Document Detail

Dietary structural to nonfiber carbohydrate concentration during the transition period in grazing dairy cows.
MedLine Citation:
PMID:  20655437     Owner:  NLM     Status:  MEDLINE    
A study was conducted to evaluate the potential effects of altering the proportion of dietary structural carbohydrate (SC) relative to nonfiber carbohydrate (NFC) pre- and postpartum on milk production and the circulating concentrations of hormones and metabolites. Dietary treatments were arranged as a 2 x 2 factorial, with 68 multiparous cows assigned to isoenergetic diets [114 MJ of metabolizable energy (ME)/cow per d] precalving; diets were either fresh pasture and pasture silage (PreP) or pasture and pasture silage supplemented with 3 kg dry matter (DM)/cow per d of a corn- and barley-based concentrate for 36 d prepartum (PreC). Final treatments were 13 or 32% DM NFC, respectively. After calving, cows within each prepartum diet were assigned to isoenergetic diets (179 MJ of ME/cow per d) differing in their SC and NFC content. Postcalving diets were either fresh pasture and pasture silage (PostP) or pasture and pasture silage supplemented with 5 kg DM/cow per d of a corn- and barley-based concentrate (PostC) until 35 d in milk. Final treatments were 18 and 38% DM NFC, respectively. Relative to day of calving (d 0), blood samples were collected at least weekly from d -28 to d 35. During the prepartum period, PreC cows had lower plasma urea, albumin, insulin-like growth factor-I, and Ca concentrations, but greater nonesterified fatty acid and Mg concentrations. There were no evident effects of prepartum diet on body weight or body condition score, milk yield, or milk composition. During the postpartum period, PostC cows had lower concentrations of plasma urea, beta-hydroxybutyrate, and Ca, but greater concentrations of nonesterified fatty acids, glucose, insulin-like growth factor-I, and Mg. Postpartum metabolic differences in PostC cows were associated with increased milk protein production and reduced milk fat (yield and %). Results do not support a periparturient metabolic benefit to altering the SC to NFC ratio precalving, but imply an altered rumen fermentation, gluconeogenesis, and milk composition when dietary SC to NFC ratio is altered postcalving.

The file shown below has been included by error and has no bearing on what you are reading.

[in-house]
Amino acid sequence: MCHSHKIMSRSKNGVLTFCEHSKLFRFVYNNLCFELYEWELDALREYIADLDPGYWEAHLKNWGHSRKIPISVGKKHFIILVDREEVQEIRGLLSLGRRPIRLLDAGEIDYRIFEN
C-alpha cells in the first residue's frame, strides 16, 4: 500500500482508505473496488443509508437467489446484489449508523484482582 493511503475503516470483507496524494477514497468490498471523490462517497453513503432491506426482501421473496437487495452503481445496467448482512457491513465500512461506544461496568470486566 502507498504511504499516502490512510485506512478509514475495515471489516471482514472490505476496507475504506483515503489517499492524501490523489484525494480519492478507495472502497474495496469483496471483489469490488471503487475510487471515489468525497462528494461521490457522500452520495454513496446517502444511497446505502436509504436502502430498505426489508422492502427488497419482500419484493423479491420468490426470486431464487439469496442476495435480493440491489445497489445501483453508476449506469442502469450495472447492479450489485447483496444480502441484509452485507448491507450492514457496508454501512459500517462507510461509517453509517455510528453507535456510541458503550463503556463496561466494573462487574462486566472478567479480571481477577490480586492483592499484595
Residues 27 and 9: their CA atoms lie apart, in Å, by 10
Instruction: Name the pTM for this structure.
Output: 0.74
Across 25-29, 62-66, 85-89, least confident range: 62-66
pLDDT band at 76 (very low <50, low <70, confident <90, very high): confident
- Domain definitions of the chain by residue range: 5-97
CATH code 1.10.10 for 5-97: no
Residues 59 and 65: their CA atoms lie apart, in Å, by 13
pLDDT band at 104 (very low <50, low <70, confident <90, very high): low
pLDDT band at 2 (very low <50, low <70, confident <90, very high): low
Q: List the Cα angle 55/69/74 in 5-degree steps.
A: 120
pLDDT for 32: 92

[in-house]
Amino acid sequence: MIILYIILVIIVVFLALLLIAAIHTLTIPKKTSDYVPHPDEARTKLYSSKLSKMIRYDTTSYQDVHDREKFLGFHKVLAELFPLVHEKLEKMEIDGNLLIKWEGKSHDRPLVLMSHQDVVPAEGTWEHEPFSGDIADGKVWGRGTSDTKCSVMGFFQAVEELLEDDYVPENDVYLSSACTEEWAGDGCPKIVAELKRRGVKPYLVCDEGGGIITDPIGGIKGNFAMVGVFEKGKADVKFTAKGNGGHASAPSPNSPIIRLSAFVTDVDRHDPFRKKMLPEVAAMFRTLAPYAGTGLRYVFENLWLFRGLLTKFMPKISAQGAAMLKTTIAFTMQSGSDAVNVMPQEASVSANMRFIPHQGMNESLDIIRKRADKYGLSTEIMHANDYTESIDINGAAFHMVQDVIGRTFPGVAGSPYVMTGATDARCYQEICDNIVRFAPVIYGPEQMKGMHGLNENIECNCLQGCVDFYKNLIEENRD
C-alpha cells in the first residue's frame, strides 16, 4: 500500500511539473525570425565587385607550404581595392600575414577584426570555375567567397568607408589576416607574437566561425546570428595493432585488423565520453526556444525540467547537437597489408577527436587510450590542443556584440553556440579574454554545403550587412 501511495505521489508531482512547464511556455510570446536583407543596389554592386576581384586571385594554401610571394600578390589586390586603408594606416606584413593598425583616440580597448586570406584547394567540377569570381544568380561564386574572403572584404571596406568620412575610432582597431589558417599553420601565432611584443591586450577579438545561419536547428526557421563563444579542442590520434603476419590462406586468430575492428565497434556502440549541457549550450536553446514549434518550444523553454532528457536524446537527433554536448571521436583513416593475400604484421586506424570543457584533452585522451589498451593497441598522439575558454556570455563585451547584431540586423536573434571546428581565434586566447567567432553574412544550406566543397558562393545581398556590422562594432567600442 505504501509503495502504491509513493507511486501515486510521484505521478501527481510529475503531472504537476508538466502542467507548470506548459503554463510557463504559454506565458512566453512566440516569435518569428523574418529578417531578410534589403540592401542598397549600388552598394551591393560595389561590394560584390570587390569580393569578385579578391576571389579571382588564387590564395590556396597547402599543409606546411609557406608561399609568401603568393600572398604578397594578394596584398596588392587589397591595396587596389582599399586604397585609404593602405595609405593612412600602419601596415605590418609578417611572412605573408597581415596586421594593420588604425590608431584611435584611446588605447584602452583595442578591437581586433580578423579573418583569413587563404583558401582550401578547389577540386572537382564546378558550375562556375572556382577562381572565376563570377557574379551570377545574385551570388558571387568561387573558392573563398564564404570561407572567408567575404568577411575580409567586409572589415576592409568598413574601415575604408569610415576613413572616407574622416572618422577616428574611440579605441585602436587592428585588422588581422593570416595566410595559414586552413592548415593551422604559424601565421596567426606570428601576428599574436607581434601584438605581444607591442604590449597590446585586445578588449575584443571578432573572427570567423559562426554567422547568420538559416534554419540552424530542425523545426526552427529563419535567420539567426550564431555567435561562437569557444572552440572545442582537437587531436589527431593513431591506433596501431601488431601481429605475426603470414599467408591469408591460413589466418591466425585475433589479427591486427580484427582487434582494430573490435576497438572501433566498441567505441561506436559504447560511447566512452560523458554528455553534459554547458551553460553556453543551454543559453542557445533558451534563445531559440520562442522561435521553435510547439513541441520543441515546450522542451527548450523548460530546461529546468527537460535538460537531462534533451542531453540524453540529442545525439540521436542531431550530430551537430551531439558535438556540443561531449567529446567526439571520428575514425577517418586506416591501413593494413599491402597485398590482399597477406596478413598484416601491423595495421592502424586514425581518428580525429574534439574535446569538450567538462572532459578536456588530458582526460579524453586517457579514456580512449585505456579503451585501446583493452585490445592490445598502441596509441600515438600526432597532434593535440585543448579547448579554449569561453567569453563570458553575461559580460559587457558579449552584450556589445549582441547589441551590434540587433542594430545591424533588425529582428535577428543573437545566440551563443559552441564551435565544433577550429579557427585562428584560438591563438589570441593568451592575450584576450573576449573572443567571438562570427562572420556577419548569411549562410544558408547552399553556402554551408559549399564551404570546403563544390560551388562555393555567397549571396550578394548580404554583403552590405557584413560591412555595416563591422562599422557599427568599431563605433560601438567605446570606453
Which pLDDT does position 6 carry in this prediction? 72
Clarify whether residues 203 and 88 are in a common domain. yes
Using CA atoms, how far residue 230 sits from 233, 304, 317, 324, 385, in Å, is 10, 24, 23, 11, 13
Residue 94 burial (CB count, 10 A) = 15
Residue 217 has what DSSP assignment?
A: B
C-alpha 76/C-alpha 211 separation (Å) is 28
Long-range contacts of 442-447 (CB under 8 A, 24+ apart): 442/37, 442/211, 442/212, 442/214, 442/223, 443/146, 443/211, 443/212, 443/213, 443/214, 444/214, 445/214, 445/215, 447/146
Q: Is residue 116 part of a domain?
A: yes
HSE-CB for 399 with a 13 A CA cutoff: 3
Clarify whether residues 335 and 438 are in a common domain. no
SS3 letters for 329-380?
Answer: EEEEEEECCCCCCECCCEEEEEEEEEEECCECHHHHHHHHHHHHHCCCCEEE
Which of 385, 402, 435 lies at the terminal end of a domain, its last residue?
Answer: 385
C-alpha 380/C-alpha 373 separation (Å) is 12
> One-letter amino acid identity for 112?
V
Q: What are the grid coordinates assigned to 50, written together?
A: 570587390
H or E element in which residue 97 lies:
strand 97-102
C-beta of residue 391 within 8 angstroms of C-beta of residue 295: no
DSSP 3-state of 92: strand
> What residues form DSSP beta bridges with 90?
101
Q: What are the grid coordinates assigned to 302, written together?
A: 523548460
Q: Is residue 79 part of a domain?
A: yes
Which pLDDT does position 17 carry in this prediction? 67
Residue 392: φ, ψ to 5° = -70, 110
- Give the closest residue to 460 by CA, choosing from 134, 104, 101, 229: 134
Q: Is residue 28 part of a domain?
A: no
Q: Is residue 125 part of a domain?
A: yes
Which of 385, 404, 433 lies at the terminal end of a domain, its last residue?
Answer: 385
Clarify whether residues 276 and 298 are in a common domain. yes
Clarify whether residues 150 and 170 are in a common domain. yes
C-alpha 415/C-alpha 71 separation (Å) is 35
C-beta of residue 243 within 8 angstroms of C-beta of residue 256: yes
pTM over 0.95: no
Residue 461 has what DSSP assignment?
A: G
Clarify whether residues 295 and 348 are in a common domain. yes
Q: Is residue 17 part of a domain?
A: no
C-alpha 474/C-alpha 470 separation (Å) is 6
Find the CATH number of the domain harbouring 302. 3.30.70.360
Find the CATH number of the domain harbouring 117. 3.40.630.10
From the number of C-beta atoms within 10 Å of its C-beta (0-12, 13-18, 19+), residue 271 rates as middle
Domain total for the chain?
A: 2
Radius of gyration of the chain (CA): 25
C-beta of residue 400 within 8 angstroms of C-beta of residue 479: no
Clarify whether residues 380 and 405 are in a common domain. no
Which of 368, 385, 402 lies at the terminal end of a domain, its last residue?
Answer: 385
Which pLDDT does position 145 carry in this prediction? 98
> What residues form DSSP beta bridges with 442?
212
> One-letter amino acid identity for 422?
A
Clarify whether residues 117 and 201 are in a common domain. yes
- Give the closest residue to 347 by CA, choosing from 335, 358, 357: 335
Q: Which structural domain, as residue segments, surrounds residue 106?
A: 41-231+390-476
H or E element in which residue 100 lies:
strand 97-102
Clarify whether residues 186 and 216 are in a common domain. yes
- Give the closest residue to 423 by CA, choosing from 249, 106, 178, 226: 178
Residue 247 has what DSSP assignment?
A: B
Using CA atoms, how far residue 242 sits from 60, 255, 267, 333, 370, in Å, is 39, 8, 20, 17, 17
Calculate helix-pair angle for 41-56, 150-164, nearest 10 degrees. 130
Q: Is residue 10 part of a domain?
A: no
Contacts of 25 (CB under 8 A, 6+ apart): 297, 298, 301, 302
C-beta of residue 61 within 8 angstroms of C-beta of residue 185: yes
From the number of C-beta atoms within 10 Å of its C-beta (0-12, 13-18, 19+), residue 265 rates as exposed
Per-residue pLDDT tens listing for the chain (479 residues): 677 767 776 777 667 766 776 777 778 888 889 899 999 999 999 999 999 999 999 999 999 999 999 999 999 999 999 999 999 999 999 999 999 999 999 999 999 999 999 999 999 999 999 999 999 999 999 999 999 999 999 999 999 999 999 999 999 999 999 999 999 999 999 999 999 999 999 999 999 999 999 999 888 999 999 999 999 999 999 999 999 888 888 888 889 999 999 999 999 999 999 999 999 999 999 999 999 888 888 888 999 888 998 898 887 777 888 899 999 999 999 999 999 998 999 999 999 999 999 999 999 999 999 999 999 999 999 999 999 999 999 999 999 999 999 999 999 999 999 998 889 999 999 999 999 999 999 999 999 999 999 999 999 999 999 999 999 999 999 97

J R Roche; J K Kay; C V C Phyn; S Meier; J M Lee; C R Burke
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Publication Detail:
Type:  Journal Article; Randomized Controlled Trial; Research Support, Non-U.S. Gov't    
Journal Detail:
Title:  Journal of dairy science     Volume:  93     ISSN:  1525-3198     ISO Abbreviation:  J. Dairy Sci.     Publication Date:  2010 Aug 
Date Detail:
Created Date:  2010-07-26     Completed Date:  2010-11-10     Revised Date:  -    
Medline Journal Info:
Nlm Unique ID:  2985126R     Medline TA:  J Dairy Sci     Country:  United States    
Other Details:
Languages:  eng     Pagination:  3671-83     Citation Subset:  IM    
Copyright Information:
Copyright (c) 2010 American Dairy Science Association. Published by Elsevier Inc. All rights reserved.
DairyNZ Limited, Private Bag 3221, Hamilton, New Zealand.
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MeSH Terms
Animal Feed*
Calcium / blood
Cattle / blood,  physiology*
Dietary Carbohydrates / administration & dosage*
Fatty Acids, Nonesterified / blood
Insulin-Like Growth Factor I / analysis
Lactation / physiology*
Magnesium / blood
Milk / chemistry,  secretion*
Postpartum Period / physiology
Reg. No./Substance:
0/Dietary Carbohydrates; 0/Fatty Acids, Nonesterified; 67763-96-6/Insulin-Like Growth Factor I; 7439-95-4/Magnesium; 7440-70-2/Calcium

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